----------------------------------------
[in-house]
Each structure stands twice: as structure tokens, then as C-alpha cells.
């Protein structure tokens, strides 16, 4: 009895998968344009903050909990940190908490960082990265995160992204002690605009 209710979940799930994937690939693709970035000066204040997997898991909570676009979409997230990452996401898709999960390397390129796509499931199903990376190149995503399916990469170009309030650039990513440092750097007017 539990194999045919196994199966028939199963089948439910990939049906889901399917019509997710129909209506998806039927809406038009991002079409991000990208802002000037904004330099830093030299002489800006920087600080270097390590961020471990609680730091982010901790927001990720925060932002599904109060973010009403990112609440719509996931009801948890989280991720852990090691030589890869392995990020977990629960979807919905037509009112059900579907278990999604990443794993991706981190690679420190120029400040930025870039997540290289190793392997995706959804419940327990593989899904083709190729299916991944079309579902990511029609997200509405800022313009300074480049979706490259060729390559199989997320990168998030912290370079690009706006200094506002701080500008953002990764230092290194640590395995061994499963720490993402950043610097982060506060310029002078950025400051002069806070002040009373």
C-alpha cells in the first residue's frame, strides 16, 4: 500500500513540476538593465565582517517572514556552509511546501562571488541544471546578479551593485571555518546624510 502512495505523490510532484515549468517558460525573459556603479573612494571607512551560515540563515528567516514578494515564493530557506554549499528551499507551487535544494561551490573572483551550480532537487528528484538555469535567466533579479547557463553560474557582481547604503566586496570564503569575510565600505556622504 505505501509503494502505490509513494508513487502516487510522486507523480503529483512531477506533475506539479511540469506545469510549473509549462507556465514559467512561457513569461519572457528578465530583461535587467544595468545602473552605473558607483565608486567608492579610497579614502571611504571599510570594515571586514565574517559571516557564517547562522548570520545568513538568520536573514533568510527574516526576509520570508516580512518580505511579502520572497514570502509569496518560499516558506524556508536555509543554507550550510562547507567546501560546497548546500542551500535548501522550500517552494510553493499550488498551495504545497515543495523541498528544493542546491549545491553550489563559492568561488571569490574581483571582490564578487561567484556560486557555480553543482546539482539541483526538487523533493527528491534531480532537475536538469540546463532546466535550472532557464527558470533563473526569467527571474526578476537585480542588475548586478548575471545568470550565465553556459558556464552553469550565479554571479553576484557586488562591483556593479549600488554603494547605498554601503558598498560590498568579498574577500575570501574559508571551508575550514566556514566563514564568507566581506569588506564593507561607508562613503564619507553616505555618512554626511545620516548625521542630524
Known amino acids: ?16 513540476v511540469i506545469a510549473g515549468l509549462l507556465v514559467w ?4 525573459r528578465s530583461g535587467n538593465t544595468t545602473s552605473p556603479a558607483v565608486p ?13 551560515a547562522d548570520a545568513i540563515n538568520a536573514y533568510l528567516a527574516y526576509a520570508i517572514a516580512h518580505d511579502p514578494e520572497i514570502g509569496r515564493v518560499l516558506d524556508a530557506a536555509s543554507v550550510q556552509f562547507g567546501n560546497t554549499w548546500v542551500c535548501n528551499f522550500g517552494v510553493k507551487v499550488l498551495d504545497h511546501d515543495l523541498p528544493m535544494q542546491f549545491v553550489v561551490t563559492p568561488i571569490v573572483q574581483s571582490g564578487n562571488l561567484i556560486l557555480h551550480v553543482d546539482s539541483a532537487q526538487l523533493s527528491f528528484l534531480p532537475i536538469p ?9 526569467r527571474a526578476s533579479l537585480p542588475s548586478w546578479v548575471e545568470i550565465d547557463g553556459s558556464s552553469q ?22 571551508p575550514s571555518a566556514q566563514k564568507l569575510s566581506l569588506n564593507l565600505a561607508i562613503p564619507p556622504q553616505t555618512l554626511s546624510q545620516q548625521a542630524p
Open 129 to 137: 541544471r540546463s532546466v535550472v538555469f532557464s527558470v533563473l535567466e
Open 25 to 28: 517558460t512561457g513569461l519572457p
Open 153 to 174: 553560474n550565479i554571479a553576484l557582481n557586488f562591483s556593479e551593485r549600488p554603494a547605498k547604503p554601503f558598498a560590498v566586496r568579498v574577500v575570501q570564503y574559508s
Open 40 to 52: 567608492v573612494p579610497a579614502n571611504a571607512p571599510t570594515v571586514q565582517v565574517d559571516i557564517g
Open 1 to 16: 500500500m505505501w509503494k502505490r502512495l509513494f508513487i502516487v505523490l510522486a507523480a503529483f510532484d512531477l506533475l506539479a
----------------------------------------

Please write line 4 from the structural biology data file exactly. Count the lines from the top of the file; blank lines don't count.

C-alpha cells in the first residue's frame, strides 16, 4: 500500500513540476538593465565582517517572514556552509511546501562571488541544471546578479551593485571555518546624510 502512495505523490510532484515549468517558460525573459556603479573612494571607512551560515540563515528567516514578494515564493530557506554549499528551499507551487535544494561551490573572483551550480532537487528528484538555469535567466533579479547557463553560474557582481547604503566586496570564503569575510565600505556622504 505505501509503494502505490509513494508513487502516487510522486507523480503529483512531477506533475506539479511540469506545469510549473509549462507556465514559467512561457513569461519572457528578465530583461535587467544595468545602473552605473558607483565608486567608492579610497579614502571611504571599510570594515571586514565574517559571516557564517547562522548570520545568513538568520536573514533568510527574516526576509520570508516580512518580505511579502520572497514570502509569496518560499516558506524556508536555509543554507550550510562547507567546501560546497548546500542551500535548501522550500517552494510553493499550488498551495504545497515543495523541498528544493542546491549545491553550489563559492568561488571569490574581483571582490564578487561567484556560486557555480553543482546539482539541483526538487523533493527528491534531480532537475536538469540546463532546466535550472532557464527558470533563473526569467527571474526578476537585480542588475548586478548575471545568470550565465553556459558556464552553469550565479554571479553576484557586488562591483556593479549600488554603494547605498554601503558598498560590498568579498574577500575570501574559508571551508575550514566556514566563514564568507566581506569588506564593507561607508562613503564619507553616505555618512554626511545620516548625521542630524